att: Pregnant chowhounders! Cheese report!


Cheese 16

att: Pregnant chowhounders! Cheese report!

Janie | Nov 20, 2004 09:29 PM

Wanted to turn any fellow pregnant chowhounders on to a wonderful cheese I got yesterday at Whole foods. I was about to buy some Parmigianan Reggiano for them to grate for me, and then the very knowledgeable cheese man, asked me if this was for me? I said yes, that I could eat this, just not romano--he said, no- you can't because it's not pasteurized--I told him I thought it was aged long enough it didn't matter, and that it was from cow's milk not goat, and that it should be safe (I had eaten some in the past--not alot but a bit)...he said that I could only have domestic Reggiana and that it was awful--he kindly gave me some to taste, and he was right, yuk, salty sawdust---so as I deliberated on my current cheese state--no goat cheese (my favorite), no feta ( my every other day ritual), there had to be some alternative to pasterization and listeria! And, what in the world are all the pregnant Greek women doing, I ask, as well as the French! This cheese thing has gotten out of hand....and then, this kind man, said he knew what I could get, and would satisfy my ceaser salad craving---he suggested Piave cheese--and said he would grate it for me, first I tasted it, and wow, it was great, kinda like a cheddar asiago--and I thought it had a good bite for my salads and pastas ! This was pasterized, and from cow's milk-bingo-he saved me! Used it last night and today, and it's great---seems like it's kinda hard to find, but glad they had it, it runs about $15 a lb. So, whether you're preg or not, I highly reccomend checking it out...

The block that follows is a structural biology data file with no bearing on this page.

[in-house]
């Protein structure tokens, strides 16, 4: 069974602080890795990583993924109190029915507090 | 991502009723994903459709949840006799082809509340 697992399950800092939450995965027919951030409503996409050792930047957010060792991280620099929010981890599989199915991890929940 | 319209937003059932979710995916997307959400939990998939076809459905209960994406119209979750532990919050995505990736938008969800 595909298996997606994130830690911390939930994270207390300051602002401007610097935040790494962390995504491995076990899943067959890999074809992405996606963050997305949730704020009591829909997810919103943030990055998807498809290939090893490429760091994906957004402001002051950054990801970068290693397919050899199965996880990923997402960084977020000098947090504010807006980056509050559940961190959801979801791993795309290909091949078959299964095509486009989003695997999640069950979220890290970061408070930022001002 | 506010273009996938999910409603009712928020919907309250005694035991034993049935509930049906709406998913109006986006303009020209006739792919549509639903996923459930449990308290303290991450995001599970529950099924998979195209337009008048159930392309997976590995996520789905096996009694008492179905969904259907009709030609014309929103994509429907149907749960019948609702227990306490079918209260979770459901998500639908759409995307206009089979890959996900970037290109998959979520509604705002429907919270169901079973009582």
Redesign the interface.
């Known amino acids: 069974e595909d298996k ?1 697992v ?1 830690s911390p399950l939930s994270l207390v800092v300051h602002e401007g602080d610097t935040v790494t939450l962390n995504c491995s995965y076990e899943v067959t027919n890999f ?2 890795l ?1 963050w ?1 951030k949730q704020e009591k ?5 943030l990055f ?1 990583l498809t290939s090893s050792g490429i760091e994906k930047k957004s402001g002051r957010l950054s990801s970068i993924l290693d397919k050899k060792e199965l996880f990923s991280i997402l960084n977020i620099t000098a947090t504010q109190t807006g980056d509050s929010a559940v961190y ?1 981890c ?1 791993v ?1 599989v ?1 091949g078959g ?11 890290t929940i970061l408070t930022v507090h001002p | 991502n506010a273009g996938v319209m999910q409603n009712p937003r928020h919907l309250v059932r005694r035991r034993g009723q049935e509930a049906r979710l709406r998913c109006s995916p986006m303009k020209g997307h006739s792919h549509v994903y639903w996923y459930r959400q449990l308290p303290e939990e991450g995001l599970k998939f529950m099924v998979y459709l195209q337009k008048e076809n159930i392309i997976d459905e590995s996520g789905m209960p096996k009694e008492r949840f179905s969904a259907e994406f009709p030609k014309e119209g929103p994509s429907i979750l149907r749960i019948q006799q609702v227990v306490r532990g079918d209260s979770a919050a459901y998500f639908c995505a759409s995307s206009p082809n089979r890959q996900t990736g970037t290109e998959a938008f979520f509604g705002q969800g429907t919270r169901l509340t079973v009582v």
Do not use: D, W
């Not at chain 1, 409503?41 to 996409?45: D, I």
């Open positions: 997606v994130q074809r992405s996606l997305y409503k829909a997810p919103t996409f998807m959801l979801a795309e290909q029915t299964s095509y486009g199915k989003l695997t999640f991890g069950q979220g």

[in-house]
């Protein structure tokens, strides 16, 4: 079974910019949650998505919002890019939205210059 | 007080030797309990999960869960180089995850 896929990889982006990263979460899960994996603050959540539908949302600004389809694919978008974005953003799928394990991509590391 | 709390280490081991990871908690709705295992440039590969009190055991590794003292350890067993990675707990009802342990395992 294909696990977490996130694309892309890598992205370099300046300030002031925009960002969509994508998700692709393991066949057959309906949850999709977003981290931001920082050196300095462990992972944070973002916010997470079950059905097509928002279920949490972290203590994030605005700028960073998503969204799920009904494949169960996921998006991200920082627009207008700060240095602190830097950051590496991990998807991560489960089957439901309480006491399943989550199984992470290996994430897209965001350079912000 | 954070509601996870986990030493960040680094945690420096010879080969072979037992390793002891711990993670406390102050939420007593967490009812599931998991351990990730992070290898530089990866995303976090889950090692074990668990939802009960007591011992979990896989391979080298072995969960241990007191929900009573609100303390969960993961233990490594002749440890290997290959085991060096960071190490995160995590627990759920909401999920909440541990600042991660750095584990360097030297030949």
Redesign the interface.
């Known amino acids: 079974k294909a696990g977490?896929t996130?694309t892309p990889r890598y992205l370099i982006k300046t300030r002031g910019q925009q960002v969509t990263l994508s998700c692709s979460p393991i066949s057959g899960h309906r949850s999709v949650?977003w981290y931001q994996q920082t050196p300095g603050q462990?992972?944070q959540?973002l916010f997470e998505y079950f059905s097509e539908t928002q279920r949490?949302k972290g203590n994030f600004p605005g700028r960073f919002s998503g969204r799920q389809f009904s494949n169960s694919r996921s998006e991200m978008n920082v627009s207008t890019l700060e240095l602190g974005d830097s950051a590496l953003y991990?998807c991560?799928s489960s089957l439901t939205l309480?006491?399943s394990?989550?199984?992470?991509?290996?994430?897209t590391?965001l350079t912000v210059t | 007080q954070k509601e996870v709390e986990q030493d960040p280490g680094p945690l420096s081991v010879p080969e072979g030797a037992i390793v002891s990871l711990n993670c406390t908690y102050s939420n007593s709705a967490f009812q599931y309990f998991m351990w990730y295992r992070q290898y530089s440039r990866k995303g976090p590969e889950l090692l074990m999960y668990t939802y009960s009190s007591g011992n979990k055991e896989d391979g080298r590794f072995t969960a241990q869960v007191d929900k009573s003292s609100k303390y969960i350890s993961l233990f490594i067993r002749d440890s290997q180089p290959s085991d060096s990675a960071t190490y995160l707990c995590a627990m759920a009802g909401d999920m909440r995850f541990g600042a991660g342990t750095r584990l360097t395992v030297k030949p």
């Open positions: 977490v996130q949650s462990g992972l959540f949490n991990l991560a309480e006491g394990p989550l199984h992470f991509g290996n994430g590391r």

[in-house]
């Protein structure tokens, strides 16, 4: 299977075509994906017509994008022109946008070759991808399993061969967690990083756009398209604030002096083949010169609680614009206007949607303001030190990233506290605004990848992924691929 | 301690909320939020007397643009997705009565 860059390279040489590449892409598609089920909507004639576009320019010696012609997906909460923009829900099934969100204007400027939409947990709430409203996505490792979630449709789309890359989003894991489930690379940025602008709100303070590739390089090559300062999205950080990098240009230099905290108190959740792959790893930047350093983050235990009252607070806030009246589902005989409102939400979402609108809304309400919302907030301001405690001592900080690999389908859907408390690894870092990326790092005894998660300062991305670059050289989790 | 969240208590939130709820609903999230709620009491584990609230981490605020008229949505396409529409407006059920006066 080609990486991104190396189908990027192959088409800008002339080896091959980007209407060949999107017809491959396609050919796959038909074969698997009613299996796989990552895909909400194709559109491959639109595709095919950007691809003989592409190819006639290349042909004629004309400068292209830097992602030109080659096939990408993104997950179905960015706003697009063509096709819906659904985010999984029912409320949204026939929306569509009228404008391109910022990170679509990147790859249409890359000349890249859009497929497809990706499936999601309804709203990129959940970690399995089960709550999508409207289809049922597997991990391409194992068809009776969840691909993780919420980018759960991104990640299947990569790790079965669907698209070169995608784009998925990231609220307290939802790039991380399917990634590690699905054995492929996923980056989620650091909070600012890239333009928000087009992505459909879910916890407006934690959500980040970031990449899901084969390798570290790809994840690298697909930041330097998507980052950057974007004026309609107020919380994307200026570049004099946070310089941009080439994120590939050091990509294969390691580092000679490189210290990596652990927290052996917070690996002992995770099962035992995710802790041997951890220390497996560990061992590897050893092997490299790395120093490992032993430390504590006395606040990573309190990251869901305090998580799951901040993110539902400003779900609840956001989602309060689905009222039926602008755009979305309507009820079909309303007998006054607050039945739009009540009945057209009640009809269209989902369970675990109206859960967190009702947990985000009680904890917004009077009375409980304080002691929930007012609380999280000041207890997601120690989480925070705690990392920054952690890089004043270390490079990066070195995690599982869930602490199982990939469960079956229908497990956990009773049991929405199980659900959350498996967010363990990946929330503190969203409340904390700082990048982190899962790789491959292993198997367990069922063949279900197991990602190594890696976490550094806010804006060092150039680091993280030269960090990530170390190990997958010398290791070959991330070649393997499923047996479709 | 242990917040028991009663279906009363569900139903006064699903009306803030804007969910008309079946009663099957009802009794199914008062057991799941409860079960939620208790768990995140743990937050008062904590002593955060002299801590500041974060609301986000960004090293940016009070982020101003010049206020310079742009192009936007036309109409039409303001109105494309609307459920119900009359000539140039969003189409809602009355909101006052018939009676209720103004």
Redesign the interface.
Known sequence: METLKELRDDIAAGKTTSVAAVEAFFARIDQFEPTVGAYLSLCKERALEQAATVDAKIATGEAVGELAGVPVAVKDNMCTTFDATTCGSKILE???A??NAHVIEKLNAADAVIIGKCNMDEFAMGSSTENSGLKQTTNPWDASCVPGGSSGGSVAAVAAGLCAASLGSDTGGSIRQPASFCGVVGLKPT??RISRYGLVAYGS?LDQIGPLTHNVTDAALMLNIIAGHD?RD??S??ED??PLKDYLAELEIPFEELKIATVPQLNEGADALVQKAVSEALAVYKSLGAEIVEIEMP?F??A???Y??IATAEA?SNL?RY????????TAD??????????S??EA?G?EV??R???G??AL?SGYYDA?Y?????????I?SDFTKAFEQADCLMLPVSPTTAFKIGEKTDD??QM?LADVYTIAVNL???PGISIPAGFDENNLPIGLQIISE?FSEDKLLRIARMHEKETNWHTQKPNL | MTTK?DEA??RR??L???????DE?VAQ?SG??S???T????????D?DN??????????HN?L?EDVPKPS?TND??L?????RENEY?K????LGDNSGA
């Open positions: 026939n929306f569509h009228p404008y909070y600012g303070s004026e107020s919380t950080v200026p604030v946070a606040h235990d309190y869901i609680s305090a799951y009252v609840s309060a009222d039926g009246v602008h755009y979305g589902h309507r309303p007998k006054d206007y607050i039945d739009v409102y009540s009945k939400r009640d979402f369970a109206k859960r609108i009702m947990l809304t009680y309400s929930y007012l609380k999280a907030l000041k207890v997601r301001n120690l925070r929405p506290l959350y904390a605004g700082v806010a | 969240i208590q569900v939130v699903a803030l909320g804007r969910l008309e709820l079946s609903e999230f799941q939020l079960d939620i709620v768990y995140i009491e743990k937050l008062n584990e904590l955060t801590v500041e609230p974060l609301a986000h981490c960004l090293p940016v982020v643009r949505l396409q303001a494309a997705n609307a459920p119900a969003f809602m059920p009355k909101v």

Here's a little blurb I found about it on the web:

"Piave from northern italy-an elusive mountain cheese

This is a rarely tasted traditional cheese made high in the mountains of northern Italy, and it’s been one of my favorite eating cheeses for years. In truth, I’ve always been reluctant to reveal it here, for fear that already-limited supplies will become even more difficult to get. What’s so great about it? It’s simply one of the tastiest, most versatile cheeses I’ve ever tried. Excellent on polenta or in risotto. I don’t think I’ve met anyone yet who doesn’t like it. Its flavors are accessible enough to entice a cheese novice, yet more than complex enough to compel cheese fanatics to come back for more. It brings the smoothness of cheddar, the texture of Parmigiano-Reggiano, and the mellowness of sweet mountain butter to your table."

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